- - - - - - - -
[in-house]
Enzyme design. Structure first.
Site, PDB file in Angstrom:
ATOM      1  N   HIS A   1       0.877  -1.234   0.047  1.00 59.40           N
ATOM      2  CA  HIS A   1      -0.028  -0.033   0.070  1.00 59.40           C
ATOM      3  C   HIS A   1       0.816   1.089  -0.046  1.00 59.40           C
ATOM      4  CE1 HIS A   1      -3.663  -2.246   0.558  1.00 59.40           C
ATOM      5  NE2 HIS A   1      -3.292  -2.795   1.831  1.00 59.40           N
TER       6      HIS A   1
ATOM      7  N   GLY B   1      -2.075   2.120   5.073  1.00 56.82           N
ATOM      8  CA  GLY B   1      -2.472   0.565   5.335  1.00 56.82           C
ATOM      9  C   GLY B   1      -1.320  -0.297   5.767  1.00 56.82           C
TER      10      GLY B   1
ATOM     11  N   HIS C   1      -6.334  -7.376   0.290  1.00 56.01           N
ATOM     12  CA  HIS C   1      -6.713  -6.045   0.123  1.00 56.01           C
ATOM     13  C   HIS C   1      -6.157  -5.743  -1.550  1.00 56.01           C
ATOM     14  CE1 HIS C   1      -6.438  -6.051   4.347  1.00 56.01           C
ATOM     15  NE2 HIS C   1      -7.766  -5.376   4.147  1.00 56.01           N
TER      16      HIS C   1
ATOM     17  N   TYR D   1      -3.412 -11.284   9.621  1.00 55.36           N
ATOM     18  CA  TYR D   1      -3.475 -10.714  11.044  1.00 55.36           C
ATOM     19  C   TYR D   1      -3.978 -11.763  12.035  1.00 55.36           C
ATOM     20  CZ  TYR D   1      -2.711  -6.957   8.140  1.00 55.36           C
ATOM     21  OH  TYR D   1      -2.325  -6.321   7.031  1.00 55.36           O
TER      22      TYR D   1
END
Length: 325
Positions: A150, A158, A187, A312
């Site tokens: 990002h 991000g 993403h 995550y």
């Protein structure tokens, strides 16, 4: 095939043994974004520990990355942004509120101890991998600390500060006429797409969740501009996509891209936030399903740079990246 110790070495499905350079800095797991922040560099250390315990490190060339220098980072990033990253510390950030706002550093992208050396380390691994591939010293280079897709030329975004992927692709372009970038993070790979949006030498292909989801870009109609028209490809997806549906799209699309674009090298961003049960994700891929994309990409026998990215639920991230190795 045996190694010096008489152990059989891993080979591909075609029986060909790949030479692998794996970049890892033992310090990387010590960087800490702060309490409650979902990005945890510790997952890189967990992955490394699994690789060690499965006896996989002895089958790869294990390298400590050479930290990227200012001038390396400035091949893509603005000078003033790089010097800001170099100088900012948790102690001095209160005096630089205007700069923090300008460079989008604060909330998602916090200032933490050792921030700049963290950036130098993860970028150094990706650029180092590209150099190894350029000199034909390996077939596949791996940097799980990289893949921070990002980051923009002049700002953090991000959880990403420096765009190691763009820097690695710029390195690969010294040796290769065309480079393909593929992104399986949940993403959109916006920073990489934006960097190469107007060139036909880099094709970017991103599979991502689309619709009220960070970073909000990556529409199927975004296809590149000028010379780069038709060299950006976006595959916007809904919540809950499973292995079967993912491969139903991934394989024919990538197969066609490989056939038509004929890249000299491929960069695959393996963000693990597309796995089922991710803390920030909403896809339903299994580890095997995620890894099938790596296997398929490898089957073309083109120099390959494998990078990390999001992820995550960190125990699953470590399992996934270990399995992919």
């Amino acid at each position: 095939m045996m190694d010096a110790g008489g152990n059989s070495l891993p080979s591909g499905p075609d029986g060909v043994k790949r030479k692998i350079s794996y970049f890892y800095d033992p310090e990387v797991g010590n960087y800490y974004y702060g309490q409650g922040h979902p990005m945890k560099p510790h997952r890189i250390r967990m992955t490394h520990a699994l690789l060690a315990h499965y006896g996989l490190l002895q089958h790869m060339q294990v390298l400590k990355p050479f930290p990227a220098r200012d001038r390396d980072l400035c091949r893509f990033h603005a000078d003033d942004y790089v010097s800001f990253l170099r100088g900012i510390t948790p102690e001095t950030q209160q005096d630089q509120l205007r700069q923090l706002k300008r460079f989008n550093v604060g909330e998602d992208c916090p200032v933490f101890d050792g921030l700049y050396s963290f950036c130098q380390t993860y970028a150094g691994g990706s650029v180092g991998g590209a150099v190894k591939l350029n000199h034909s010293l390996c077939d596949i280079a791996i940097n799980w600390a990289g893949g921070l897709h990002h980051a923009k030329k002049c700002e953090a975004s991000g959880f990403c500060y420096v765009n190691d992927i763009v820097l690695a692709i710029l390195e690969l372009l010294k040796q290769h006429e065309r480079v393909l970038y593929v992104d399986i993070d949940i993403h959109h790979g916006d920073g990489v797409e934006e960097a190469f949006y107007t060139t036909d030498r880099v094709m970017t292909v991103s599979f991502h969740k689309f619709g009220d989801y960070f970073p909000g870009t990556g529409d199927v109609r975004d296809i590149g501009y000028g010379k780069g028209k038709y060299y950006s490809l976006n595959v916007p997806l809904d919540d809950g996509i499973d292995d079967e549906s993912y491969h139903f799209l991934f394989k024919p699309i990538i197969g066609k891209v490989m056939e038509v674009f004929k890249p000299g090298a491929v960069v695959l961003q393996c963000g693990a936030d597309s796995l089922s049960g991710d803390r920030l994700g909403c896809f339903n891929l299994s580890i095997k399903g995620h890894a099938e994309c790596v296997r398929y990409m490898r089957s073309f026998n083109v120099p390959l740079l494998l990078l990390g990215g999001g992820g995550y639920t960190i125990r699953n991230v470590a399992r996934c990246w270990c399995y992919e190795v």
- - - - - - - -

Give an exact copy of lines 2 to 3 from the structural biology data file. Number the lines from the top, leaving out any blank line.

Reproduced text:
Enzyme design. Structure first.
Site, PDB file in Angstrom: